There’s been debate about the future use of the great British high street.

Taunton like the rest of the country has suffered and the debate in the town has looked at whether East Street should be traffic-free or not.

Guest columnist MIKE GINGER, of Taunton Area Cycling Campaign, gives his take on the various arguments.

HIGH streets across the UK lost more than 17,500 chain store outlets in 2020.

As we know, Taunton did not escape this.

The relentless retail decline of high streets stems from a number of powerful factors which are unlikely to be reversed.

Online shopping now accounts for around 30 per cent of sales, and this is an additional hit on top of the edge of town retail parks sucking vitality out of the traditional centres.

Business rates and high rents are also seen as factors having an impact.

Unfortunately, nostalgia will not bring back the old town centre that people knew and rightly loved.

There is a pressing need to move on.

So what to do?

There seems to be a wide consensus that town centres need to re-invent themselves - not only for retail but also as social, educational and cultural hubs.

The retail guru Mary Portas argues strongly that the high street could only survive by “recognising what’s happened and delivering something new”.

Experts in the field believe that our town centres need new uses alongside retail - things such as shared work spaces, leisure attractions, more food and drink and residential.

Town centres will need to become places that people want to visit and spend time in, rather than just short ‘convenience’ destinations.

Although having main streets open to through traffic may give short term convenience to some, it diminishes safety and enjoyment for many.

My own experience of pushing someone in a wheelchair along East Street, especially when crossing the road, was a clear reminder of how bad it can be.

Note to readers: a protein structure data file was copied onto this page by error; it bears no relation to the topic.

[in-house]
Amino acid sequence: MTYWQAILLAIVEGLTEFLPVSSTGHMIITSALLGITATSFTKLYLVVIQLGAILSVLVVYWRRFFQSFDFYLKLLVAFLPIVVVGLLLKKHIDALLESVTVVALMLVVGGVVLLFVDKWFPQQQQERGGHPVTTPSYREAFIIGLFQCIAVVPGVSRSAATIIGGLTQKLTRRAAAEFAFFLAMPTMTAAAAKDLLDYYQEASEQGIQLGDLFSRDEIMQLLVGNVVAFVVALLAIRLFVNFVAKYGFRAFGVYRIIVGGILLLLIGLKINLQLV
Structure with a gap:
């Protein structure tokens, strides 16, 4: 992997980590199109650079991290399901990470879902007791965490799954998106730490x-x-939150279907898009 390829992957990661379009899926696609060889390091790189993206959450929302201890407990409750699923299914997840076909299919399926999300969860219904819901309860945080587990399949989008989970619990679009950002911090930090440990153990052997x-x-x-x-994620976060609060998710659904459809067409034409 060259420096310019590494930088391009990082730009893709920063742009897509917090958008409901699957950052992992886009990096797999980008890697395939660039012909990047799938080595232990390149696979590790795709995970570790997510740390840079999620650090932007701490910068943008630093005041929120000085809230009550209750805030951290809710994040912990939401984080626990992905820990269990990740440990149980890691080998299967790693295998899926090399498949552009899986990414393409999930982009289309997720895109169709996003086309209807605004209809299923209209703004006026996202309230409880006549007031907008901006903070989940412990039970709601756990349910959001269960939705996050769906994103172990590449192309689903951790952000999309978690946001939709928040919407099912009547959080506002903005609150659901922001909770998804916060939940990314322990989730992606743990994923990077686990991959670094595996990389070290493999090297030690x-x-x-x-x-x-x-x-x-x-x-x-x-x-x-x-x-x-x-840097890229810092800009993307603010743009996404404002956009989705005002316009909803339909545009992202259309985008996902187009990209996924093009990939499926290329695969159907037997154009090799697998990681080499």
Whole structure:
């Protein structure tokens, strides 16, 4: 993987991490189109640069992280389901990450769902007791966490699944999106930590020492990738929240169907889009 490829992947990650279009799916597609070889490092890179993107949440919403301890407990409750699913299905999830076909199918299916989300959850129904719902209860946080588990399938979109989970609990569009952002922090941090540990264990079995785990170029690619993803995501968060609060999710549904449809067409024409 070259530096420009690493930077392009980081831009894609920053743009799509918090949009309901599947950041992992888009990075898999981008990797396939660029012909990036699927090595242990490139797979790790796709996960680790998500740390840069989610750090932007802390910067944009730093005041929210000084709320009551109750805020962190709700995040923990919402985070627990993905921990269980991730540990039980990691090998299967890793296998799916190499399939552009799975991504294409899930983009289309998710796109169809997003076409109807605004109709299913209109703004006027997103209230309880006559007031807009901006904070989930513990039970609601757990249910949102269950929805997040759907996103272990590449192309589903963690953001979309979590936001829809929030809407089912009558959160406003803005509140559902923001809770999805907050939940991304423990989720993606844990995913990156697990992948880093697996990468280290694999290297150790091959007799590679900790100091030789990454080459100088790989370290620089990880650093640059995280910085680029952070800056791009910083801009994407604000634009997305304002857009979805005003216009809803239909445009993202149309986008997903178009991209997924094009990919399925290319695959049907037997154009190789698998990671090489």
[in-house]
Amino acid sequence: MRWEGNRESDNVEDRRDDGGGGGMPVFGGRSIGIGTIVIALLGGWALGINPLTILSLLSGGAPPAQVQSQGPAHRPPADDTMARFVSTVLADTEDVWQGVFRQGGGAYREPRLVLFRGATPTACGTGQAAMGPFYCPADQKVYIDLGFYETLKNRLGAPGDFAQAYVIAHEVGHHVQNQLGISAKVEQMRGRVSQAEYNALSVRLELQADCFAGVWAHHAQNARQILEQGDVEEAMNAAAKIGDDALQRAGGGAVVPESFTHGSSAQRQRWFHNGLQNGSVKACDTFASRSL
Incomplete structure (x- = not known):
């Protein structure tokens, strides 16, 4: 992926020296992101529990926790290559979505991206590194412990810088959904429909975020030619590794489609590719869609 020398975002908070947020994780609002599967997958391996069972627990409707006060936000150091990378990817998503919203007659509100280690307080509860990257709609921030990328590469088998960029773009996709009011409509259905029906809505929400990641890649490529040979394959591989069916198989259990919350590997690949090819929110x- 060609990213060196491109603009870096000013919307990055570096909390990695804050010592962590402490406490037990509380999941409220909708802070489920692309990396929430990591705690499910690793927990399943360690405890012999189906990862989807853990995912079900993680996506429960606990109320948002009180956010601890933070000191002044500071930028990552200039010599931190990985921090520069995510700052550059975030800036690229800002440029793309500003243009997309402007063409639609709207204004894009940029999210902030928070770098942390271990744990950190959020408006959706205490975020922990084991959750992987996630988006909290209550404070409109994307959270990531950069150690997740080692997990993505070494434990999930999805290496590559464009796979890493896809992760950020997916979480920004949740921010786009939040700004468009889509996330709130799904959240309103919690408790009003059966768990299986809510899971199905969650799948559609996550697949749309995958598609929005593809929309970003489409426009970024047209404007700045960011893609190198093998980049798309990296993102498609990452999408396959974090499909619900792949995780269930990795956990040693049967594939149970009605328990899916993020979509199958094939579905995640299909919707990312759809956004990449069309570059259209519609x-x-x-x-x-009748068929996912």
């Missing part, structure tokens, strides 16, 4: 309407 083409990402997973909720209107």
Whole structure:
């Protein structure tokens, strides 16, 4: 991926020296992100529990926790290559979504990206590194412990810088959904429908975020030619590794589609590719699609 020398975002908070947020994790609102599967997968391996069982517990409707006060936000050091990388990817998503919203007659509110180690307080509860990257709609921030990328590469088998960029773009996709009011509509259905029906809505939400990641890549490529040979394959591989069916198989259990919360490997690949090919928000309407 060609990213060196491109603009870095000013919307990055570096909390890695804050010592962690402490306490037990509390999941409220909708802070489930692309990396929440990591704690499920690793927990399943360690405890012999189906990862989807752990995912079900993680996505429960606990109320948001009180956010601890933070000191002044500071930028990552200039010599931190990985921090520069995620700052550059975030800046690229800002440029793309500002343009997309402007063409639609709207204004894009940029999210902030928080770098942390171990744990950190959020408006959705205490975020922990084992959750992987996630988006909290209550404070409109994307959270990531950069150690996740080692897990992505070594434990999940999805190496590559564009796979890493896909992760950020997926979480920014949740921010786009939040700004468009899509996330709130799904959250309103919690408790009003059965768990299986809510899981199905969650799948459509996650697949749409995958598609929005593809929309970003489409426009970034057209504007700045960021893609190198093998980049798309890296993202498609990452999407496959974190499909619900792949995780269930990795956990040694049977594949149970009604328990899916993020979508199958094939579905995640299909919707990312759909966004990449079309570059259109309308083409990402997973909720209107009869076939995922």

The opportunity for improving the visitor experience in Taunton by extending its car free arrangement appears to have been recognised by many people.

Approximately 2,000 people responded to Somerset West and Taunton (SWT) Council’s consultation - the highest response the council has ever received.

A significant majority supports the extension.

And a recent snapshot poll - admittedly not scientific - by the County Gazette online at showed 63 per cent in favour.

But some businesses believe that they will lose trade and some groups argue that they should be given access.

These issues need to be addressed.SWT is running a series of stakeholder workshops to find solutions, as they did with St James Street.

High quality public realm is also thought to be key.

The benefits of environmental improvements were looked at in detail in a report called ‘The Pedestrian Pound’.

The study researched dozens of examples.

It found: ‘‘Compared with other often more costly transport options, improving a place for pedestrians and cyclists can offer a good return on investment, especially for retailers.”

“However, such investments can not only lead to improved retail sales, but such urban regeneration can also have positive impacts on:

nFurther investment and business start ups. For example, public realm investment can lead to increased employment as other businesses (cafes etc) may start up in an area that has been made more pedestrian friendly;

nThere are also direct employment benefits for those involved in the construction of new public realm projects;

nProperty prices and rental yields;

nCase examples from around the world are offered showing a positive relationship between walkability and house prices, rates, and commercial land value;


nImproving walkability can also help improve inclusion and reduce inequality.’’

The report also challenges some perceptions regarding car use and improving parking for our high streets.

It says: “It is often assumed that more parking is the answer to struggling high streets, however this is not supported by available research.

The report adds: “Retailers have been shown to over-estimate the importance of the car for customer travel.

“In these studies, more people walked, cycled or came by bus.

“Case study evidence suggests that restricting traffic does not reduce the number of customers.”

Also, put quite simply, places that are pedestrian and cyclist friendly also tend to be more attractive to place users.

“In that respect, the quality of public spaces is linked directly to people’s perceptions of how attractive it is.

“If people have positive perceptions of a place, they are more likely to shop there.’’

It is encouraging that Somerset West and Taunton Council has recently been awarded £13million from the High Street Fund to begin to improve the quality of experience in our town centre streets.

This could then enable us to take a big step in the right direction.

So, let’s all get behind the efforts to re-invent and to regenerate our Taunton town centre.